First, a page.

The San Jose Peace and Justice Center and South Bay Mobilization are organizing a bus to the protest in San Francisco. The bus will load at the SJPJC, 48 S Seventh St, San Jose at 2:30 pm. and depart at 3:00 pm. It will make a brief stop at the Caltrain Park and Ride lot at Page Mill Rd and 280 (the lot is just south of 280 on Page Mill). Anyone wanting to catch the bus there should plan to be there by 3:15 pm. The bus will load for the return trip at 6:15 pm. and depart San Francisco at 6:30. Anyone who wishes to take the bus should immediately email Jon at jbritton32@earthlink.net to make a reservation. $15-20 donation to defray the cost of the bus.

Santa Rosa, CA
Tuesday, December 30
5:30 pm
Courthouse Square: Santa Rosa Avenue downtown
Sponsored by the Board of the Peace and Justice Center of Sonoma County
Contact: cognizant2@hotmail.com

When Isn’t Rape & Violence About Hate?

Update: the 4 suspects have been apprehended!
I had to sit on this story for a while because I found it doubly even triply upsetting. Also it hit so close to home because it occurred just over the bridge in the city of Richmond, CA. This is an area known to be ‘troubled’. Lots of crime, drugs, failing schools and people trying to hang on and avoid the maniacs that terrorize decent people.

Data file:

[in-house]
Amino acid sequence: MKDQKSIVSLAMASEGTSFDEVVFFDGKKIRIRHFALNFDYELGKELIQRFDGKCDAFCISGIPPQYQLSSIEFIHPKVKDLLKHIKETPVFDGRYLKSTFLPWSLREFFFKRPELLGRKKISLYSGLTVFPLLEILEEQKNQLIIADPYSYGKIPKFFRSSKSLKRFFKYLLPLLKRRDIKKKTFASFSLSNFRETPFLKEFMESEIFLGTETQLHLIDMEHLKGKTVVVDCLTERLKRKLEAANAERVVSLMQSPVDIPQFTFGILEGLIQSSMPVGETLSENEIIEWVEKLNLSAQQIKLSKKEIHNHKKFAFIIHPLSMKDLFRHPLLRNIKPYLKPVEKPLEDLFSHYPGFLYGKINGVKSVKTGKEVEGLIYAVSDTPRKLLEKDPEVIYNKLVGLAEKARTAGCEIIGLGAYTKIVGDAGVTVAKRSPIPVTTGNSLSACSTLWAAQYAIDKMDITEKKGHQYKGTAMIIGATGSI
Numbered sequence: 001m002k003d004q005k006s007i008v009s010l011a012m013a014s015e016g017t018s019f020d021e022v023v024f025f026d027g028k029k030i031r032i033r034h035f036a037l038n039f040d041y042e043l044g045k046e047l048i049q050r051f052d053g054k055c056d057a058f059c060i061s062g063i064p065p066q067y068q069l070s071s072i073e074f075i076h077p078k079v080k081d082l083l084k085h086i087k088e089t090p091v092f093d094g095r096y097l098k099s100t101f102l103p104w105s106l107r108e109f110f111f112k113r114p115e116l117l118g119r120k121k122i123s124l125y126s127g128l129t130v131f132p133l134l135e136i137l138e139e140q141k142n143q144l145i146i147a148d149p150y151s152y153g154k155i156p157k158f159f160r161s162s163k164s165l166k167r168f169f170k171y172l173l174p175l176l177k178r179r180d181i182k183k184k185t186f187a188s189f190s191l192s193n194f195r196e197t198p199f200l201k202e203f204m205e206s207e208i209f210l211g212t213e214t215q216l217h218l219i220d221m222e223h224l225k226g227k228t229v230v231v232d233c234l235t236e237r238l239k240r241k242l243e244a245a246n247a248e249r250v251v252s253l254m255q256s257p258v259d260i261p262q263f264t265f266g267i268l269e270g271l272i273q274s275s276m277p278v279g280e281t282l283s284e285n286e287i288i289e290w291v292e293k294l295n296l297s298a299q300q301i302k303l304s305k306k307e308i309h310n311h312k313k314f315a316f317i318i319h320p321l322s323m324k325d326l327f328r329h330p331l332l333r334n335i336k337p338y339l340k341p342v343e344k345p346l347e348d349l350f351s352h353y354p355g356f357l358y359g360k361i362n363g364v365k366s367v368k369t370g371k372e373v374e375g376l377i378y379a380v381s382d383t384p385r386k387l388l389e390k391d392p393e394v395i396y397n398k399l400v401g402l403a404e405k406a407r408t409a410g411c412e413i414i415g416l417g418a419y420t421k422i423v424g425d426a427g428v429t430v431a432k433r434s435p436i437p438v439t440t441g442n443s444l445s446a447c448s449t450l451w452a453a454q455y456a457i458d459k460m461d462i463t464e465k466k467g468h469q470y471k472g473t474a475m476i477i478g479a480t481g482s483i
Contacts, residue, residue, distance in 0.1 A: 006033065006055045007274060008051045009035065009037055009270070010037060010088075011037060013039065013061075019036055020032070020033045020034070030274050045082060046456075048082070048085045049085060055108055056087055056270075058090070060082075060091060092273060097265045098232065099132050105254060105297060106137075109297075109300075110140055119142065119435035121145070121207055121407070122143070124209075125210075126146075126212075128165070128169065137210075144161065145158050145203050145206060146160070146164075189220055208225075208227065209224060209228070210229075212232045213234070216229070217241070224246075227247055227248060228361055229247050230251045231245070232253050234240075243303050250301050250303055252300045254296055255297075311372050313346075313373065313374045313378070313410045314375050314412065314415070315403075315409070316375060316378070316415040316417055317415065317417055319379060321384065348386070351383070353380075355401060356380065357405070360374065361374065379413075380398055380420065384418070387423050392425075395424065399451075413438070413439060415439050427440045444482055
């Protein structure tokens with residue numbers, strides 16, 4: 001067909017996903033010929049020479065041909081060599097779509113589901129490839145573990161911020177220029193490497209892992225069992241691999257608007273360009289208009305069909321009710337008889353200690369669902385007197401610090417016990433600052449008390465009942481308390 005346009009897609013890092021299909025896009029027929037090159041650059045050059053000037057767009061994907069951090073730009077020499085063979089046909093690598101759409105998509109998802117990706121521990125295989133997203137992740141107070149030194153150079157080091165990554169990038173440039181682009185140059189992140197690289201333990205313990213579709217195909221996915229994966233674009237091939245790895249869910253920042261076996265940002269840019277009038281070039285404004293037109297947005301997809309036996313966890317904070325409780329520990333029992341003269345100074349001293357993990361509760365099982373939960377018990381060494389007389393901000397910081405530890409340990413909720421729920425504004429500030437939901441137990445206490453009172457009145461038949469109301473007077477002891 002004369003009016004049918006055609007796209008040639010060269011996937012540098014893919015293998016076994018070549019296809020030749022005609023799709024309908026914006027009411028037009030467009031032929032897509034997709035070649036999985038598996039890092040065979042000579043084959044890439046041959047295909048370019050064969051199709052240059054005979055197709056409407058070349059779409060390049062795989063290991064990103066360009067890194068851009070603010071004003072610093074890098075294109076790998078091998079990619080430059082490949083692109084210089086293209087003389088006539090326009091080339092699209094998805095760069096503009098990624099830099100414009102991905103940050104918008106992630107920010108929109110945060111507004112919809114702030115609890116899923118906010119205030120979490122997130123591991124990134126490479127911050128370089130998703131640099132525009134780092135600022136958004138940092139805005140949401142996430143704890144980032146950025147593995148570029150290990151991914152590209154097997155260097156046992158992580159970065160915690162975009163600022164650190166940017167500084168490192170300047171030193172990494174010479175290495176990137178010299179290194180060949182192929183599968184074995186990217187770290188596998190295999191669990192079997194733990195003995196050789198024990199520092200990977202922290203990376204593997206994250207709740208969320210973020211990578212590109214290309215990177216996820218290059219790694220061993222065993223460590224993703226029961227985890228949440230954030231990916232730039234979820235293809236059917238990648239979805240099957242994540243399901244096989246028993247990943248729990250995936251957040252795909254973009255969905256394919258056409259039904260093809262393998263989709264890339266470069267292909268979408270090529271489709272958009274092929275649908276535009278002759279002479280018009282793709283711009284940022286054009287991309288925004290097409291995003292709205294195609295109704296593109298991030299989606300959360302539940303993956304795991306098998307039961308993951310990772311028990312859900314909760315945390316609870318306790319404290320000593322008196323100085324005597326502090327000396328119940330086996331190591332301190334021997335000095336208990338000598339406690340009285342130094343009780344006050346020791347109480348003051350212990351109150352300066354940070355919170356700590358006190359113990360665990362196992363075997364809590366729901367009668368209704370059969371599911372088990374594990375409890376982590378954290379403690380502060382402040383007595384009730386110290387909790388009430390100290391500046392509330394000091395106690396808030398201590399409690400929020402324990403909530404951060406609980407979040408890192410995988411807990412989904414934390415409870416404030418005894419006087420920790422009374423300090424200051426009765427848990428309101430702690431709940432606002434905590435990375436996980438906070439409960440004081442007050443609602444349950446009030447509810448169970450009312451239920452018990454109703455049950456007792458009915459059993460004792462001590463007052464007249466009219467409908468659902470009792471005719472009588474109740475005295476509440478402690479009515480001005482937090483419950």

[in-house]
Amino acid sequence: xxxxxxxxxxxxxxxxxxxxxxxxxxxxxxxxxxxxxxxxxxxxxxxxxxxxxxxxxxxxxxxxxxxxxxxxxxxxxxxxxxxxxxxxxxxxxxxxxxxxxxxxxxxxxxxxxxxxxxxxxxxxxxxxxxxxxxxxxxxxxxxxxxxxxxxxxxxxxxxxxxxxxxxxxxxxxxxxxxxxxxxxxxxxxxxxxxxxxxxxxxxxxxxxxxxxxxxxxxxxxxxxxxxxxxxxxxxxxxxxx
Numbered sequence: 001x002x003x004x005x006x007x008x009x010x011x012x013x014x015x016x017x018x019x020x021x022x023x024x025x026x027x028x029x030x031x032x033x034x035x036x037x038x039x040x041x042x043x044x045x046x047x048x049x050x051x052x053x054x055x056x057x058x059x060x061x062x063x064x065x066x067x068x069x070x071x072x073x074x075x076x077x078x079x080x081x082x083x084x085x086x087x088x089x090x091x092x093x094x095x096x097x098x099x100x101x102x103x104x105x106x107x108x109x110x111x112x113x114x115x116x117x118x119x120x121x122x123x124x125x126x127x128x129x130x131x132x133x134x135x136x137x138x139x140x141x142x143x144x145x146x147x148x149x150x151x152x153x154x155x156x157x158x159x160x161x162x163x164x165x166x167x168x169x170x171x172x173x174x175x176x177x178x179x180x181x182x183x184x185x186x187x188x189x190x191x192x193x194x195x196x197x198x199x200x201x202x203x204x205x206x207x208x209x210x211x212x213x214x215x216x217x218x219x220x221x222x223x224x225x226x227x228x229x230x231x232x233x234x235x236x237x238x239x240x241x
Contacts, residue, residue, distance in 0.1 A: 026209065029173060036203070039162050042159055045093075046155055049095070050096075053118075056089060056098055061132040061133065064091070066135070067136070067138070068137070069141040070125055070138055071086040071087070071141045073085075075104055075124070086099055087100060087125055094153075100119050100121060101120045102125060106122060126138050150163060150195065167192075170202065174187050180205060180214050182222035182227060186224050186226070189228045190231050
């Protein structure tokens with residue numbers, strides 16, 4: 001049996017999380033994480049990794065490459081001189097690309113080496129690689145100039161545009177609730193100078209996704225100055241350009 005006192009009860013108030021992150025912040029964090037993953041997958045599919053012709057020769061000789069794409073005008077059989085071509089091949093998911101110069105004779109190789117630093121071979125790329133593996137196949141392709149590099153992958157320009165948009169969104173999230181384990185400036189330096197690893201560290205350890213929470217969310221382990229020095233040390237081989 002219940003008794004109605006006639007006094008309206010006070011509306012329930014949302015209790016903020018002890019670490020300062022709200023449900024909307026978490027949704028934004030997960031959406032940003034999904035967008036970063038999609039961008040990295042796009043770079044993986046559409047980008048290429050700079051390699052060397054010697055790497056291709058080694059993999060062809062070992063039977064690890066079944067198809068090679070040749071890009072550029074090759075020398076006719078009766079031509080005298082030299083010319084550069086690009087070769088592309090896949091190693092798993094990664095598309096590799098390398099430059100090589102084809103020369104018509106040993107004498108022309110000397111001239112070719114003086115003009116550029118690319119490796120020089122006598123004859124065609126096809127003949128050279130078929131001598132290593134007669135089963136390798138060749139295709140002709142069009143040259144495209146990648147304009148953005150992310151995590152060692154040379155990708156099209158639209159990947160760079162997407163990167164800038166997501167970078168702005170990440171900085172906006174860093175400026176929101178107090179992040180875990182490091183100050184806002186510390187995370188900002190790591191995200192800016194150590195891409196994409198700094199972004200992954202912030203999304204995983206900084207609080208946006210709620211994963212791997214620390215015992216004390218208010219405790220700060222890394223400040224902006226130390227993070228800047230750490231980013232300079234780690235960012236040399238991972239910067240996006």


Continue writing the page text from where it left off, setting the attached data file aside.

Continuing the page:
A woman was gang-raped by four men near her apartment building and there’s a strong possibility they were motivated by her sexual orientation being that she is a lesbian. I am not defending the actions of the perpetrators but my immediate thought was that the story got traction because of the ongoing conflicts over the failure of the No on 8 campaign and the unresolved racial animus.
I cringed to find out Black and Latino men were involved and I hope they are caught and jailed. They’ll be certain to find out exactly what it feels like to be violated – repeatedly – once they are. I also wondered if as usual, there was an underlying racial angle to this and whether the survivor was a white woman. Why should it matter? White women have plenty of people at the ready to protect them. That’s one benefit of living under white supremacy. Have we not seen Nancy Grace talking about the “tot mom” every day for the past three weeks? 
I still feel uneasy about the Duke Lacrosse team alleged rape of the Black female student who was hired to be an exotic dancer for their party. They may have been found ‘innocent’ but that doesn’t make it so. There are plenty of Black men on death row who’ve been exonerated for crimes they didn’t commit – far too many posthumously. Black women rarely have the protection of society or their communities and since I have to make a choice about how I spend my time and energy that is what I want to focus on. We have to help each other or we will perish.